" The water was running so fast that they could never get across"
This is actually a new illustration- in my attempt to market towards covers for chapter books- but it also is some what grounded in reality!
My grandmother lived through the Big Thompson flood in Colorado back in 1976- don't hold me to the exact year- I was like in 3rd grade.
A large amount of rain sent a 60 foot wall of water through the narrow canyon which heads West- up to Estes Park and Rocky Mountain National Park- and 70 + people were killed because they did not heed the warnings of the police officers telling them to get out- two officers lost their lives trying to save people.
My grandpa- a carpenter- had actually built many of the cabins in the Big Thompson Canyon- that literally got swept away in the rushing water- but for his cabin, he built it high on a hill- he died when I was four-but my grandma spent that terrible night safe listening to people's screams and the explosion of propane tanks, thanks to his hynesight- a strip motel which over hung the river right below her cabin was totally taken away along with the family that had climb on top of the roof for safety instead of climbing the hill to safety- people do crazy things in crisis.
The next morning- she walked down to the river- now piled high with gigantic boulders and debris and watched neighbors save a man- stranded in the middle of the river, his clothes ripped from his body.
she had called us in the middle of the night- but then the phone went dead- we lived down the canyon in the larger town of Loveland and so the next day- my mom borrowed a 4x4 and was driving over rough mountain access roadsto come save her but literally met her 4x4 driving her 1967 Chevy Caprice out with other neighbors- the road the only way out- since the main highway was ripped apart, another neighbor was actually trying to get out in a RV!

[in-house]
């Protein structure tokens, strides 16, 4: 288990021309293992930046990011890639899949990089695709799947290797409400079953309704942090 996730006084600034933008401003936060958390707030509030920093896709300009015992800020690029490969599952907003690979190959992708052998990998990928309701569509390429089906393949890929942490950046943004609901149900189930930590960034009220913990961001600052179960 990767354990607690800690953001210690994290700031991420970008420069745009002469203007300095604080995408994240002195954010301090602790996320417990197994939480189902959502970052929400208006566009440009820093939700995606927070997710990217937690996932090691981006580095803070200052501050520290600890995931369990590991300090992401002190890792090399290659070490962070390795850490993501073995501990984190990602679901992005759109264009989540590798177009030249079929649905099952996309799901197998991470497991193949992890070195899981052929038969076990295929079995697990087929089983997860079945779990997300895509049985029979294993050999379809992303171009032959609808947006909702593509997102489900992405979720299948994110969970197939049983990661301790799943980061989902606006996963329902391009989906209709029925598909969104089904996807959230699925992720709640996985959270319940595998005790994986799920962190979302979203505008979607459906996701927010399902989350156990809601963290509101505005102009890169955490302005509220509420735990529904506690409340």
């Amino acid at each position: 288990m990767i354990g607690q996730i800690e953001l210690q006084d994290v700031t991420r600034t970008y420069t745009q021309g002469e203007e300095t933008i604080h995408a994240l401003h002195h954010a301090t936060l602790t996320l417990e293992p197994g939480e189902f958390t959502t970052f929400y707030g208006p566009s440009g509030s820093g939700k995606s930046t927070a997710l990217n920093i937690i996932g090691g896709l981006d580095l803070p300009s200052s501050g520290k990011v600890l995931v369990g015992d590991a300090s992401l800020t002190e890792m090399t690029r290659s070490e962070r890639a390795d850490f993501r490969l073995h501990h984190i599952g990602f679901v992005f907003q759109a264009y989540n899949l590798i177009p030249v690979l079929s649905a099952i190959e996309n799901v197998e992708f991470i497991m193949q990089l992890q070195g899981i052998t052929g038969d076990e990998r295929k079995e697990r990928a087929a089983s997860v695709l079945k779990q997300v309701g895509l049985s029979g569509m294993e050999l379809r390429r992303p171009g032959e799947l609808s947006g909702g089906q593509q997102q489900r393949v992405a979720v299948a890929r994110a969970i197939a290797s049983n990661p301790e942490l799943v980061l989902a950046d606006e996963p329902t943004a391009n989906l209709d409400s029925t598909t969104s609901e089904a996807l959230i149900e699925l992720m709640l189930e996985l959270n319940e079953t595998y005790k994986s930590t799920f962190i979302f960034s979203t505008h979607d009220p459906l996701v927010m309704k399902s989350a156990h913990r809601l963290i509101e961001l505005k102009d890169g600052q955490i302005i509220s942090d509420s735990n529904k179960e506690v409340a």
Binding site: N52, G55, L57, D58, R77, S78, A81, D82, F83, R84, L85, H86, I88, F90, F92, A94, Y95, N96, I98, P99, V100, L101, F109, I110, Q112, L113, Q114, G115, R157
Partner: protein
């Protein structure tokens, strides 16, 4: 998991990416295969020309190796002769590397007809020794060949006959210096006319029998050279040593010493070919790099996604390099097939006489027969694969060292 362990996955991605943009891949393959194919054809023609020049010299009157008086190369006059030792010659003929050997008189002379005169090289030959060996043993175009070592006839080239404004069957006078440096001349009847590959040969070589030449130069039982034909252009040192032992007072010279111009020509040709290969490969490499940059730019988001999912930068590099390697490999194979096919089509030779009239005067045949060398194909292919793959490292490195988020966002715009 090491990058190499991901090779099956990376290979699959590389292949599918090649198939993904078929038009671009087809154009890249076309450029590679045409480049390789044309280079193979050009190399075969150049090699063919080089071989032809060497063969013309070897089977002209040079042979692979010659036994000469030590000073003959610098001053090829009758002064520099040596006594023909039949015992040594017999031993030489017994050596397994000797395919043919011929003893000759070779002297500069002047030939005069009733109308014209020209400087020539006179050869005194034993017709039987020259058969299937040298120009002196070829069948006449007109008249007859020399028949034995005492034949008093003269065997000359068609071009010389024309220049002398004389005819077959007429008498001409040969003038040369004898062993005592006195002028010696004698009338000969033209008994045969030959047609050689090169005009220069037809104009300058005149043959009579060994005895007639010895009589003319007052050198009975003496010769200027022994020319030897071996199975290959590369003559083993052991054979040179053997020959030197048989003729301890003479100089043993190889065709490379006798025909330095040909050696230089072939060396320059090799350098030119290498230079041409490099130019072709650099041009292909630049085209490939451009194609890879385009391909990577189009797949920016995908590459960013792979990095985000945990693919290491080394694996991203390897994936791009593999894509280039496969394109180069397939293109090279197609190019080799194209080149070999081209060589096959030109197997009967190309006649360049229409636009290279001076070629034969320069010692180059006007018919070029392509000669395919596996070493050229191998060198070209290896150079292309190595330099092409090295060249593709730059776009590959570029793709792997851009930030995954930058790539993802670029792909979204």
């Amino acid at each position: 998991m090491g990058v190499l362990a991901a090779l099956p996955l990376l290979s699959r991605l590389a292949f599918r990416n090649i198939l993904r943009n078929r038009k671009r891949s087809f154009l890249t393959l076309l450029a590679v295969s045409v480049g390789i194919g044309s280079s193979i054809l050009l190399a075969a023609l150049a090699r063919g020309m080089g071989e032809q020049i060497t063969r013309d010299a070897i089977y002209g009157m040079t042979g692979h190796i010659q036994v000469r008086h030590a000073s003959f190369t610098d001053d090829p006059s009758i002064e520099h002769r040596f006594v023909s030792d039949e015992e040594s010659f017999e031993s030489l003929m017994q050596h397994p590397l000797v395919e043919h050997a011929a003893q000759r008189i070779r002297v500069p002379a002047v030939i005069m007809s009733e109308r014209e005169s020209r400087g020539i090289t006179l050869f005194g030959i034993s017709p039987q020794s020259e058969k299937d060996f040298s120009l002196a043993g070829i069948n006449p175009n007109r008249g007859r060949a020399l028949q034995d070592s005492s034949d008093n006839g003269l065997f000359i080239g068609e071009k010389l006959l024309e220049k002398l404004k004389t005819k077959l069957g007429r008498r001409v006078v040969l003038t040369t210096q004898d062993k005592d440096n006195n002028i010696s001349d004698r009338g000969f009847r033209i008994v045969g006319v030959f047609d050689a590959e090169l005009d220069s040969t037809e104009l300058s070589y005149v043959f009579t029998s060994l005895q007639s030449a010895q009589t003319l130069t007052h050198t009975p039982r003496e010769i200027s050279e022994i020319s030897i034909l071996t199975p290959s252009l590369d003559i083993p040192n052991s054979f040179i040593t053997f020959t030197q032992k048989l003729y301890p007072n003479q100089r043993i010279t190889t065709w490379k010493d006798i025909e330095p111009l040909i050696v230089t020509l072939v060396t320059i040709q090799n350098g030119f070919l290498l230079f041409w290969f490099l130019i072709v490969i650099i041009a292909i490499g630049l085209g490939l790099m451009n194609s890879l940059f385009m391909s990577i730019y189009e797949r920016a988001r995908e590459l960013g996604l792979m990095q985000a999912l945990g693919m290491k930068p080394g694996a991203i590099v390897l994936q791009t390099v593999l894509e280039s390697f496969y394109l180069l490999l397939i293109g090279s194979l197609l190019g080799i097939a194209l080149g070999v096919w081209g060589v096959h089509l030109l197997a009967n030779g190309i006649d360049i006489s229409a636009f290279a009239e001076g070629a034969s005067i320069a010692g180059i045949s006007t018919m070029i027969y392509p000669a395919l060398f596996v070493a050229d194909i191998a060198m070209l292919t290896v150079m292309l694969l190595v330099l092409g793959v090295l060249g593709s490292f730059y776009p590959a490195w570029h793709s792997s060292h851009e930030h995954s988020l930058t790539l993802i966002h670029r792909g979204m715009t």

Grandma only spent a few days with us and then wanted to get back to her cabin, concerned about looting- so she went with a pistol and was a lady who knew how to use it. She also had spent a great deal of her life without electricity, running water and knew how to use the cook stove residing in the stone basement of her cabin- we supplied her with a generator- but it was too noisy and she only fired it up to brew her morning coffee.
My brother and I, when we were allowed to come and stay with her- hiked high up on the hill and the vision of the ripped apart black road was the inspiration for the illustration- though not the exact view- or my brother and I. I wish I could of added more- the overturned cars and the helicoptors hovering in the air-looking for survivors- can still hear my bossy older brother telling me not to wave at them in fear they would think we need help.
She did have one run in with some looter, two men came knocking at her door one night and she waited patiently on the othe side of the door- the pistol load- but they never broken in- the next day she tracked them to the neighbors house- that was vacant and discovered a broken window and blood where they had gained access to the cabin and had stolen items.
People were always impressed by her sticking it out- up there- after my grandfather died and staying through the flood's aftermath- she would always laugh and tell them it reminded her of "keeping house" for her farmer brothers when she was a young girl and lived in a isolated farm had to sweep snakes out of the house . Her younger sisters wanted a chance to housekeep for their brother that were farming away from the larger family farm- but with a prideful laugh- Grandma would tells us they never lasted long and soon she was back- the only one tough enough to handle it.
Boy do I miss her!!